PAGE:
Baste the facing and collar together at the top shoulders and neck edge 1/4"/6mm from the cut edge. The instructions say to clip the corners up to the stitching. I will be showing this at a later step.

 

 

Baste the waist self-facing in place as well.

 

5.

With right sides together, stitch the Back Bodice pieces (piece #2) together at the center back using a 5/8"/16mm seam allowance. 

Stitching the center back bodice seams using a slightly less than 5/8"/16mm seam allowance because I prefinished my seam edges and trimmed a bit on the serger.

 

Press the center back seam open.

 

And now for the French seams!

This is step one of the shoulder and neck French seams. With wrong sides together, pin the Back Bodice to the Front Bodice at the shoulders and neck matching up the center back seams and notches.

 For some reason I don't have a photo of this in full view but here is a close-up of the corner neck edge pinned. You can see the tiny clip that was made to make pivoting the front neck corner easier.  

Another close-up of the corner pinned.

 

Now stitch the shoulder and neck in place using a scant 1/4"/6mm seam allowance. With the Front Bodice on top, start at the left sleeve and stitch through the shoulder, pivoting at the neck corner, through the back neck and pivoting again at the neck corner and down the right shoulder and sleeve. 

 

Go slowly at the neck corners and use your hands to smooth and finagle the Front Bodice extra fabric around the pivot point.

The neck corner after the first pass of stitching.

 

Trim the seams or fraying edges so that they won't peek through when you encase the raw edges in the second pass/step of the French seam.  

Now press the seams on the front and back side.

 

Next, turn the bodice inside out so that right sides are together and the raw edges of the seam are on the inside. Press the shoulder and back neck so that the seam is on the edge of the fold. 

Pressing the shoulder and neck seam to prepare for the final pass of the French seam.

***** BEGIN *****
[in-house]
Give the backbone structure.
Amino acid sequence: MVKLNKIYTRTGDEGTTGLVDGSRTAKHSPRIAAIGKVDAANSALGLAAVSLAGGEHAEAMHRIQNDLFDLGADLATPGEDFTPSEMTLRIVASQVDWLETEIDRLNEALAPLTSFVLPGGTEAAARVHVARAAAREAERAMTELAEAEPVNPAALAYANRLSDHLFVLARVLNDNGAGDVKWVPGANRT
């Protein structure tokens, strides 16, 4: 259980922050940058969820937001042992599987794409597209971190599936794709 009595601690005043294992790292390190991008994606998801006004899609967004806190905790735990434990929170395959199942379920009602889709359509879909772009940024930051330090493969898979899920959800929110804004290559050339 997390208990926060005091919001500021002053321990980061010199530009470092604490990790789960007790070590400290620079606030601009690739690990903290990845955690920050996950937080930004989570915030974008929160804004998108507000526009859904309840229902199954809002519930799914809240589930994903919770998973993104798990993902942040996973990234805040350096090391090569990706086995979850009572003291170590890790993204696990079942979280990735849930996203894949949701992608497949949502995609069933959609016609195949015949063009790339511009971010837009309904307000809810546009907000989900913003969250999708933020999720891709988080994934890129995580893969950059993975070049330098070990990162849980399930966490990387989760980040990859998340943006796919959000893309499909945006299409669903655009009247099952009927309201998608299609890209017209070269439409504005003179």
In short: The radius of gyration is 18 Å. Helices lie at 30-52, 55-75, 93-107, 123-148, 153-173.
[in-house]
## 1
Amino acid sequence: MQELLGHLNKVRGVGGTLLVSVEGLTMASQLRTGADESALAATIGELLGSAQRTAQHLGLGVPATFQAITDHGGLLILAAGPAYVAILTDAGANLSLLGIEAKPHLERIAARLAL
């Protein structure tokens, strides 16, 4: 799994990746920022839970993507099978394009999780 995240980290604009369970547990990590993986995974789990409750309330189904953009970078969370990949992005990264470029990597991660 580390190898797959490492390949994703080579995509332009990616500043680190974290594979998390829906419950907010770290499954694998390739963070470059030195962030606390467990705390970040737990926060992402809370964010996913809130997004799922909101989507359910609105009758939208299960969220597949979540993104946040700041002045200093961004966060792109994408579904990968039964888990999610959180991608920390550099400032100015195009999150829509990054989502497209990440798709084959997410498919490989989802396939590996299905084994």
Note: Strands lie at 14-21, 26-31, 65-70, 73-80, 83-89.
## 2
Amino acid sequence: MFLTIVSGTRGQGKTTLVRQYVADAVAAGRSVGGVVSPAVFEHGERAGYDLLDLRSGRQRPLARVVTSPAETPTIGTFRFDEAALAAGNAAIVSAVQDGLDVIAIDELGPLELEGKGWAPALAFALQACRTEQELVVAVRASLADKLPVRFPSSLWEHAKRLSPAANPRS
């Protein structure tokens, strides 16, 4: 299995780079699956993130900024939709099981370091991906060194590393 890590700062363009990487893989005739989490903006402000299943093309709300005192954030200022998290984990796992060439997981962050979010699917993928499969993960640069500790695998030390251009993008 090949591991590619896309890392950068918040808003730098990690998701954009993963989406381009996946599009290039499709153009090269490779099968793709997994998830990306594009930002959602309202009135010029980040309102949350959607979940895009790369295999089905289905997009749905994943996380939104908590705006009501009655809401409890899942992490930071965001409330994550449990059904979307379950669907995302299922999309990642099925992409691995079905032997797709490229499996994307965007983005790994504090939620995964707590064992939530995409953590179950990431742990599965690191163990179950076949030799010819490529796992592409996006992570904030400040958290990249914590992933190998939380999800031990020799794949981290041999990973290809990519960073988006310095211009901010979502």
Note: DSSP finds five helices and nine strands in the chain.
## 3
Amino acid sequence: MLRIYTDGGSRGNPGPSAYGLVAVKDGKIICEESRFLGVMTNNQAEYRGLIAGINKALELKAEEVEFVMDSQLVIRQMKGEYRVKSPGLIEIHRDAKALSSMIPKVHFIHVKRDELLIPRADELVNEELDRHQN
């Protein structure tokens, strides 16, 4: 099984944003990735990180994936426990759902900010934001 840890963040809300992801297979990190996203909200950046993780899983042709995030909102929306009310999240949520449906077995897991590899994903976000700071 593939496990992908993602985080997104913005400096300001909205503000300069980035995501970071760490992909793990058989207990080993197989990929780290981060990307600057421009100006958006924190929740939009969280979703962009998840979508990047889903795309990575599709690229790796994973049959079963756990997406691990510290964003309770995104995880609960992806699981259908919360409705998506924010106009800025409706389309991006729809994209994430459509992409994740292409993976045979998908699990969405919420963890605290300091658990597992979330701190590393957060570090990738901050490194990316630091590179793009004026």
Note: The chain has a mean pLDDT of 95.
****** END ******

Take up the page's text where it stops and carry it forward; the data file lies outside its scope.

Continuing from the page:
Now pin the seam in place.

 

A close-up of the neck corner pinned.

 

Now you are ready to start stitching the second pass of the French seam that encases all of those ugly raw edges using a 3/8"/10mm seam allowance. Be careful on the neck corners again. Go slowly and use your hands to smooth out and evenly distribute that extra fabric on the Front Bodice neck when you are pivoting around that corner.

 Pivoting the neck corner.

 

Press the French seams towards the back.

Finished French seam.

 

If your corner ends up showing a little of the raw edges from clipping the corner earlier, you can do a little zig-zag stitching over it to keep it from fraying more. (No photo of this).

 

Now is the perfect time to insert a label if you have one. You can position it under the French seam or on top as I have done below.

 

I like to fold and press the shawl collar in half so that the top edge meets the seam. This will help it stay rolled down when you are wearing the dress. However, some people like to wear it unfolded for more coverage.

Center back collar folded and pressed.

 

Before you stitch the underarm/side seam together, it is easier to pre press the sleeve hem while it is open. Turn the sleeve 3/8"/10mm toward the inside and press and then again 1/2"/13mm and press again. 

Pre-pressed sleeve hem.

 

Now unroll the pre-pressed sleeve hem and with wrong sides together, pin the Front Bodice to the Back Bodice at the underarm/sides in preparation for the first pass of the French seam. 

Stitch the underarm/side with a 1/4"/6mm seam allowance and trim the frayed edges. 

Just as in the shoulder seams above, press the side seams, and turn them so that the right sides are together, press and pin in place in preparation for the second pass of the French seam.

 

The first pass of the French seam on the underarms/sides.

 

With wrong sides together, stitch the underarm/side seams using a 3/8"/10mm seam allowance - encasing those raw edges on the inside. 

The second or final pass of the French seam at the underarm/sides. 

6.

Press the side seam and re-roll and press the sleeve hems. 

Hem the sleeves and press the side seams toward the back. 

Hemmed sleeve and pressed side seam.

 

Of course you will repeat these steps for the other side seam and sleeve hem.

And that completes the bodice portion of your Wildwood! 

 

Join me tomorrow for the belt, skirt and dress assembly finishing of the Wildwood Wrap Dress sewalong. You're almost there!

See you all soon!

Peggy